November 6, 2005: What Will Your Epitaph Say?

Let us pray: Dear Savior, as our thoughts turn to the final judgment and our earthly deaths, a small part of us is apprehensive, but the larger part is thankful.  Yes, we’re thankful that You, not we, have earned a place in glory for us.  We’re thankful that You have graciously imposed Your holy will over our unholy one, thereby enabling us to engage in lives of true self-sacrifice.  Today, may we recall those saints who have preceded us and see Your hand and Your goodness active and alive in and through them, and now in us.  Amen


TEXT:  Matthew 25: 31-46

Fellow Redeemed Sinners Made Into Saints By Christ’s Blood and Righteousness:

Who will write your epitaph?  What will your grave say?  And will it correspond with the truth, or will it be fiction?  A little over a week ago I presided over a funeral here at church.  Our brother in Christ, Arthur Carlsen, was laid to rest.  His was the 3rd funeral we recall that occurred in our midst over this past year.  As is my custom, after the service I retired to the office and got out the church record book.  I flipped to the section entitled: “Those Who Have Passed On.”  And therein I wrote down the facts of Arthur’s funeral and life.—Recording it for future generations.  My wife came into the study about that same time, noted my handwriting on 3 full pages, and remarked: “Boy, you’ve buried a lot of people over the years!”  She’s right.  I have.  Thirty souls to be exact.  I record their names, their birth, their death, and where they are buried.  I suppose most of you would expect that.  But, there is one final column of info that I also fill in that you wouldn’t expect.  It is entitled: “Remarks.”  And in it I place my final epitaph on their lives for future pastors to ponder.  What do I say?  Well, for each soul it is slightly different.

Of our dear sister Gertrude Krey I wrote: “A faithful Christian, a friend, a joy to the end.”  Of Ruth Stark I wrote: “A blessing in life and an inspiration in death.”  And of 90 year old Arthur Carlsen I inscribed: “A Faithful, lifelong member.”  I said those things because I believe they encapsulate each of their lives.  So, today I ask you:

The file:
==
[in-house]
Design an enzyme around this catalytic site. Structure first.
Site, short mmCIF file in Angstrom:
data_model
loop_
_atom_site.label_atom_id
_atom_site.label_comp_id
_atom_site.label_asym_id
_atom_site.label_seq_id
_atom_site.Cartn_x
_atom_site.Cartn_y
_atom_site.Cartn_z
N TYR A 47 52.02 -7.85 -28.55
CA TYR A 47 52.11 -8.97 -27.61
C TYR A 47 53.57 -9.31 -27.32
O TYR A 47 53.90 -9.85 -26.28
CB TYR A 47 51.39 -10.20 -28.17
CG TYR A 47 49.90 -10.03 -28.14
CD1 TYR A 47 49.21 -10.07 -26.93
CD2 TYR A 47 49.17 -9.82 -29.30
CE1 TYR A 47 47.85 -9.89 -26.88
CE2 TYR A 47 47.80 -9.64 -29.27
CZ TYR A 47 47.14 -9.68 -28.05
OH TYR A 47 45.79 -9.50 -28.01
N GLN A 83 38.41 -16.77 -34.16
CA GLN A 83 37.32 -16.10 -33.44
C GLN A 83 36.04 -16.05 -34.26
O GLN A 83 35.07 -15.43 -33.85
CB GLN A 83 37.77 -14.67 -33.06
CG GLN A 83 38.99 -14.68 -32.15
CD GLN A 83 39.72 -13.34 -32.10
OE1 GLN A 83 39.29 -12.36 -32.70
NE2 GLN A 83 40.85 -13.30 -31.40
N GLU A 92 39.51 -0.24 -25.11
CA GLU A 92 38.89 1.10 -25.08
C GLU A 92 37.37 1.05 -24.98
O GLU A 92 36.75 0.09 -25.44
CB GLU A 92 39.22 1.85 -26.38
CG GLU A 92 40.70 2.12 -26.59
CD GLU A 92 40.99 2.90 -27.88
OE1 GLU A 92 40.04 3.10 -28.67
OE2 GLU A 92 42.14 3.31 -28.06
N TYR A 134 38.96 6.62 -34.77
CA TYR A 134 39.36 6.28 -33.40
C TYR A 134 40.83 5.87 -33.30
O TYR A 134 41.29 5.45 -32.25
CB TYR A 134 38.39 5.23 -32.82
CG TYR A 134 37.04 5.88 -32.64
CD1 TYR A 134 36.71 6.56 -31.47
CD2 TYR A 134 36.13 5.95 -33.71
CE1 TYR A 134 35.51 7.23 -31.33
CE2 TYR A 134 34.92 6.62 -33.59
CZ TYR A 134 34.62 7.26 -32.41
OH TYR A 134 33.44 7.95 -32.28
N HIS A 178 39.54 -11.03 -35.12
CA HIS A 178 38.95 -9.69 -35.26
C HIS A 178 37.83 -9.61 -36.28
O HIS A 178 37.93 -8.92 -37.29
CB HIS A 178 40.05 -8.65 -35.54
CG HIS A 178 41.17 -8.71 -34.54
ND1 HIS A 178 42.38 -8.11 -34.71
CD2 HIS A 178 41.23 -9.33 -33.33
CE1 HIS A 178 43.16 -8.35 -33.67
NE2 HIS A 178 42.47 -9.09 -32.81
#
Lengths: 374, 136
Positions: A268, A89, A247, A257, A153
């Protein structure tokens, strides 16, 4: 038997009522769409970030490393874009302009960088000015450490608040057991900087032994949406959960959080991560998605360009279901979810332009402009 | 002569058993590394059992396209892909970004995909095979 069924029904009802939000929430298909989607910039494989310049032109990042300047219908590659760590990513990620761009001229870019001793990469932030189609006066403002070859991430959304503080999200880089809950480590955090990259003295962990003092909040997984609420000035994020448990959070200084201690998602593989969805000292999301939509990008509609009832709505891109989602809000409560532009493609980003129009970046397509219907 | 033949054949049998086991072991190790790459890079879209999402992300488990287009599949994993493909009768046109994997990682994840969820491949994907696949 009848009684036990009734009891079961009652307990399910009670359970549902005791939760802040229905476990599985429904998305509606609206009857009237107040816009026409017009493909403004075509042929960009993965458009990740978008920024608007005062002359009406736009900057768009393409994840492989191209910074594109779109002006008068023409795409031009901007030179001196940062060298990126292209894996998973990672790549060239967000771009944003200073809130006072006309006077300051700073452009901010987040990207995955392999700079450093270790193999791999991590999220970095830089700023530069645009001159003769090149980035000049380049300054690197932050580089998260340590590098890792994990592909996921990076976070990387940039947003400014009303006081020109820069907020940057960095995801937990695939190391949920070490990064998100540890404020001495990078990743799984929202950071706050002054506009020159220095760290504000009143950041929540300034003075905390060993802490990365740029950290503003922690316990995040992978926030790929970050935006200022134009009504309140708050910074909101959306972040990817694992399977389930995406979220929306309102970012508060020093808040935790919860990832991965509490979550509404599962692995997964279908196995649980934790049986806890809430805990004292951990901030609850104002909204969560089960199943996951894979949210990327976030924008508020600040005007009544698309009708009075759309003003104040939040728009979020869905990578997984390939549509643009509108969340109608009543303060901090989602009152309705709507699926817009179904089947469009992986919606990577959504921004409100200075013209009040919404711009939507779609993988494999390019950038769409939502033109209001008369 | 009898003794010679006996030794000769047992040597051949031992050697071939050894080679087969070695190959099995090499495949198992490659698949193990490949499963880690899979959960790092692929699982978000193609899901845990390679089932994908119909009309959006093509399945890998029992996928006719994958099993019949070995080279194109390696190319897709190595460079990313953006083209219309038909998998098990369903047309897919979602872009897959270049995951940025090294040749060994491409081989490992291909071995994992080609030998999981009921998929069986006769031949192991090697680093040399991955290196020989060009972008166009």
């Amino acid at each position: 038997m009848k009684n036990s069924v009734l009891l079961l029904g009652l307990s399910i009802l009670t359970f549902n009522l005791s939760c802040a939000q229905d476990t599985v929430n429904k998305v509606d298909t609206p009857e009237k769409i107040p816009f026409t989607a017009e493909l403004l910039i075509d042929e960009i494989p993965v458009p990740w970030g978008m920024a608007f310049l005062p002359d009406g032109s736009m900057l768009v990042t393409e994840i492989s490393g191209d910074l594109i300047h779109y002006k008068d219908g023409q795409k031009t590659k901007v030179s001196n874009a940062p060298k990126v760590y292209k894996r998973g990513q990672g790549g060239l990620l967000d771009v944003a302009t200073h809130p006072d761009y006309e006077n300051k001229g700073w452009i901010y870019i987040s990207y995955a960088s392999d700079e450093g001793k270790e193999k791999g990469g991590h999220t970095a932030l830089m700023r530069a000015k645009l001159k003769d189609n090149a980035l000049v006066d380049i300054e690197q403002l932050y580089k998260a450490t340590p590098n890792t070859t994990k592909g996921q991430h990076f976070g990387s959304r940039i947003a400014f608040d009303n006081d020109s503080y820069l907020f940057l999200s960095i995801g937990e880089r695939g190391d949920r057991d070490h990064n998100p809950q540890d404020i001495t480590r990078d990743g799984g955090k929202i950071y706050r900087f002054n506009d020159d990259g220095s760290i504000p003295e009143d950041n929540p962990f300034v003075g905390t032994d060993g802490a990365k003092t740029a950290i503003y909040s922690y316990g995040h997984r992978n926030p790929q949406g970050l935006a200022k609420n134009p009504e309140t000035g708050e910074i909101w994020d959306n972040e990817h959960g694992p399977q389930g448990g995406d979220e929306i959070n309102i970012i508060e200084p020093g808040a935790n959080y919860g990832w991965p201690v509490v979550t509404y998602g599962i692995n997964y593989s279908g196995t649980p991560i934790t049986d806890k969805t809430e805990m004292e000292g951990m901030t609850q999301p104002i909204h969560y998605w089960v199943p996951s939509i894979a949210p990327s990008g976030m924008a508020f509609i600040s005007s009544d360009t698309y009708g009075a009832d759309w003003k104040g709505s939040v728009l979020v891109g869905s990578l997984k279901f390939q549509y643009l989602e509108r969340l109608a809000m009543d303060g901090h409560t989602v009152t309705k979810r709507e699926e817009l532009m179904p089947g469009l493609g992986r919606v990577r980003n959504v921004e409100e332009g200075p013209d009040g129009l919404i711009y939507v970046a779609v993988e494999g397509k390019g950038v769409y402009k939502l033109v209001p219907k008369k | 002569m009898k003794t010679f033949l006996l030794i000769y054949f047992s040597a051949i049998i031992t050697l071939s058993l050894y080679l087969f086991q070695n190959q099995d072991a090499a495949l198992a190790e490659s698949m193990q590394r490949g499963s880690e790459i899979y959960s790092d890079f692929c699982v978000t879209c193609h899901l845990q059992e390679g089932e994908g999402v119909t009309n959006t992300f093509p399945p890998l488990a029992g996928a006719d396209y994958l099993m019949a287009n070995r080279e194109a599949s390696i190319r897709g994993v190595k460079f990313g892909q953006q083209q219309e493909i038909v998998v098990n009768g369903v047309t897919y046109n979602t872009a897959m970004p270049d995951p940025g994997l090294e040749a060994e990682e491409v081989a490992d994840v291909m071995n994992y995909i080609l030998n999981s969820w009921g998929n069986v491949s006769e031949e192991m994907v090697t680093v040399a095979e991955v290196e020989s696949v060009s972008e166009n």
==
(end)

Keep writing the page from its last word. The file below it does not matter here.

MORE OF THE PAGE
All of our lessons deal with the coming, final judgment.  In our text, Christ outlines in pointed terms how it will occur.  “When the Son of Man comes in his glory, and all the angels with him, he will sit on his throne in heavenly glory.  All the nations will be gathered before him, and he will separate the people one from another as a shepherd separates the sheep from the goats.  He will put the sheep on his right and the goats on his left.”

That’s pretty straight-forward.  The picture is of Christ the Ultimate Judge of all, Who will divide the believers from the unbelievers, or the sheep from the goats.  Now, He goes on to discuss exactly how and why He judges or divides in this manner.  And that’s where your epitaph comes in.

How do you want to be remembered after you die?  No doubt, you have a picture of yourself in your own mind.  But does that picture correspond with how other’s view you?  Does it correspond with how God views you?  If not, why not?  If you’re not sure, why aren’t you sure?


Jesus makes it very clear that God will judge us on the basis of how we acted in this life.  Did we keep the 1st table of the Law and put God first and labor for Him only?   Did we keep the 2nd table of the Law?  That is, were we good neighbors to fellow souls in need?  Did we feed, clothe, and visit them?  Did we provide them with sustenance?  Of course, standing before God Almighty all people will have their pride and arrogance stripped away.  Judgment Day is God’s version of “shock and awe.”  We’ll be forced to be truthful because you cannot con God Who reads the heart.  So, both sheep and goats will reply: “Lord, when did we do this?”  “The King will reply, ‘I tell you the truth, whatever you did for one of the least of these brothers of mine, you did for me.”

The difference between saints and hardened sinners is not how perceptive they are when it comes to helping others in need.  No, the real difference is whether or not they labor in life armed with Christ’s holiness, Christ’s righteousness, and Christ’s love.  Faith clothes us with the holiness of Jesus.  Faith makes His goodness really our goodness.  So, for the believer, whatever we do to assist fellow humans really is made holy because Jesus blood and righteousness shed on the cross for us makes it so.  Whereas the unbeliever does not possess such goodness before God because they choose to stand alone without Christ’s holiness covering their own failings.


November 1st was All Saint’s Day.  Today we recall and celebrate that day by remembering our Pinewood family members who have gone on to glory.  Gertrude, Ruth, and Arthur all stand in heaven today.  They stand there not because Gertrude made her famous bread and shared it with hungry people.  Not because Ruth was gracious to all she met.  And not because Arthur was generous to this congregation.  No, they stand in glory because they confessed Christ as their Savior.  They stand in glory because they put on His goodness, pleaded His mercy for their failings, and humbly tried to let their light of faith show itself in how they treated others.  They all confessed with Isaiah, that “all their righteous deeds were like filthy rags.”  But they also confessed with Isaiah that: “Though ours sins be as scarlet they shall be white as snow” because Christ’s gift of salvation has made them so.

You and I can do no better than to remember these saints and emulate them.  Cling to Jesus, do for Jesus in every aspect of your life.  For thereby you will come to know the real meaning of self-sacrifice which is what our text is all about.  And then, when you die, you won’t have to worry about your eternal epitaph because Christ has already written it in His heavenly record book—He’s written it with His love.  Amen